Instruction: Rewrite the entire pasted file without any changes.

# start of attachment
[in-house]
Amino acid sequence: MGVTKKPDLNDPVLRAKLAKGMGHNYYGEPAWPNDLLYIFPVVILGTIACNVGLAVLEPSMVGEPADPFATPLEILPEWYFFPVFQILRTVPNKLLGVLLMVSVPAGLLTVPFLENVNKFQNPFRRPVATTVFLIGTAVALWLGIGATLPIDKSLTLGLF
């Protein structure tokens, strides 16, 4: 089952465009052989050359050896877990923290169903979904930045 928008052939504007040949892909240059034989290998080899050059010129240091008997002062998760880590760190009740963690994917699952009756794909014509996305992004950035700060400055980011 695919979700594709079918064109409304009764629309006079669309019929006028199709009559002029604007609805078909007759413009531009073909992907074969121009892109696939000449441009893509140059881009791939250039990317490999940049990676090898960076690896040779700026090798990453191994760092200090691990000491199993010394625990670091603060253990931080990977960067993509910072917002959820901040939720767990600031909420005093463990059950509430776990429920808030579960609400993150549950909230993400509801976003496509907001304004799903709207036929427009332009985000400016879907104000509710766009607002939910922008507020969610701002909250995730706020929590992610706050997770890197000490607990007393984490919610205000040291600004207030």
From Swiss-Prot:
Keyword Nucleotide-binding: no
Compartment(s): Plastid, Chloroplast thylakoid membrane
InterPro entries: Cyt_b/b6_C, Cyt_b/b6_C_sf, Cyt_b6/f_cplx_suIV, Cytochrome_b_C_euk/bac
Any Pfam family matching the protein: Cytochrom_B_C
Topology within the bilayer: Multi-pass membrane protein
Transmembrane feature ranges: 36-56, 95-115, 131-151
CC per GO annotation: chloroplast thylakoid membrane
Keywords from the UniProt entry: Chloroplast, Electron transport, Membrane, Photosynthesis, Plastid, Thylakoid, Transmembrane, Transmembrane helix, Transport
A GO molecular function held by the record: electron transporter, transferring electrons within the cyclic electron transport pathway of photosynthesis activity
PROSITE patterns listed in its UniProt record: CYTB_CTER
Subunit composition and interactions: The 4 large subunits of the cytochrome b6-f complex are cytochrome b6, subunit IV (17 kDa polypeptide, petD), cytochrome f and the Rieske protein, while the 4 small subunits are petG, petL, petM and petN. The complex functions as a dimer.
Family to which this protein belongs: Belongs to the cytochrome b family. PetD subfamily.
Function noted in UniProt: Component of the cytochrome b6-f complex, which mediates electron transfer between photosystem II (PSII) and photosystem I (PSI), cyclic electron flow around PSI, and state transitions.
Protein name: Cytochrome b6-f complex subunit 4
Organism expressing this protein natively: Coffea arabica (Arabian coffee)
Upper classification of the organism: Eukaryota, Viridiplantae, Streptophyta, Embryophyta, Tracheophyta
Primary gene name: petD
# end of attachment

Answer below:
[in-house]
Amino acid sequence: MGVTKKPDLNDPVLRAKLAKGMGHNYYGEPAWPNDLLYIFPVVILGTIACNVGLAVLEPSMVGEPADPFATPLEILPEWYFFPVFQILRTVPNKLLGVLLMVSVPAGLLTVPFLENVNKFQNPFRRPVATTVFLIGTAVALWLGIGATLPIDKSLTLGLF
């Protein structure tokens, strides 16, 4: 089952465009052989050359050896877990923290169903979904930045 928008052939504007040949892909240059034989290998080899050059010129240091008997002062998760880590760190009740963690994917699952009756794909014509996305992004950035700060400055980011 695919979700594709079918064109409304009764629309006079669309019929006028199709009559002029604007609805078909007759413009531009073909992907074969121009892109696939000449441009893509140059881009791939250039990317490999940049990676090898960076690896040779700026090798990453191994760092200090691990000491199993010394625990670091603060253990931080990977960067993509910072917002959820901040939720767990600031909420005093463990059950509430776990429920808030579960609400993150549950909230993400509801976003496509907001304004799903709207036929427009332009985000400016879907104000509710766009607002939910922008507020969610701002909250995730706020929590992610706050997770890197000490607990007393984490919610205000040291600004207030």
From Swiss-Prot:
Keyword Nucleotide-binding: no
Compartment(s): Plastid, Chloroplast thylakoid membrane
InterPro entries: Cyt_b/b6_C, Cyt_b/b6_C_sf, Cyt_b6/f_cplx_suIV, Cytochrome_b_C_euk/bac
Any Pfam family matching the protein: Cytochrom_B_C
Topology within the bilayer: Multi-pass membrane protein
Transmembrane feature ranges: 36-56, 95-115, 131-151
CC per GO annotation: chloroplast thylakoid membrane
Keywords from the UniProt entry: Chloroplast, Electron transport, Membrane, Photosynthesis, Plastid, Thylakoid, Transmembrane, Transmembrane helix, Transport
A GO molecular function held by the record: electron transporter, transferring electrons within the cyclic electron transport pathway of photosynthesis activity
PROSITE patterns listed in its UniProt record: CYTB_CTER
Subunit composition and interactions: The 4 large subunits of the cytochrome b6-f complex are cytochrome b6, subunit IV (17 kDa polypeptide, petD), cytochrome f and the Rieske protein, while the 4 small subunits are petG, petL, petM and petN. The complex functions as a dimer.
Family to which this protein belongs: Belongs to the cytochrome b family. PetD subfamily.
Function noted in UniProt: Component of the cytochrome b6-f complex, which mediates electron transfer between photosystem II (PSII) and photosystem I (PSI), cyclic electron flow around PSI, and state transitions.
Protein name: Cytochrome b6-f complex subunit 4
Organism expressing this protein natively: Coffea arabica (Arabian coffee)
Upper classification of the organism: Eukaryota, Viridiplantae, Streptophyta, Embryophyta, Tracheophyta
Primary gene name: petD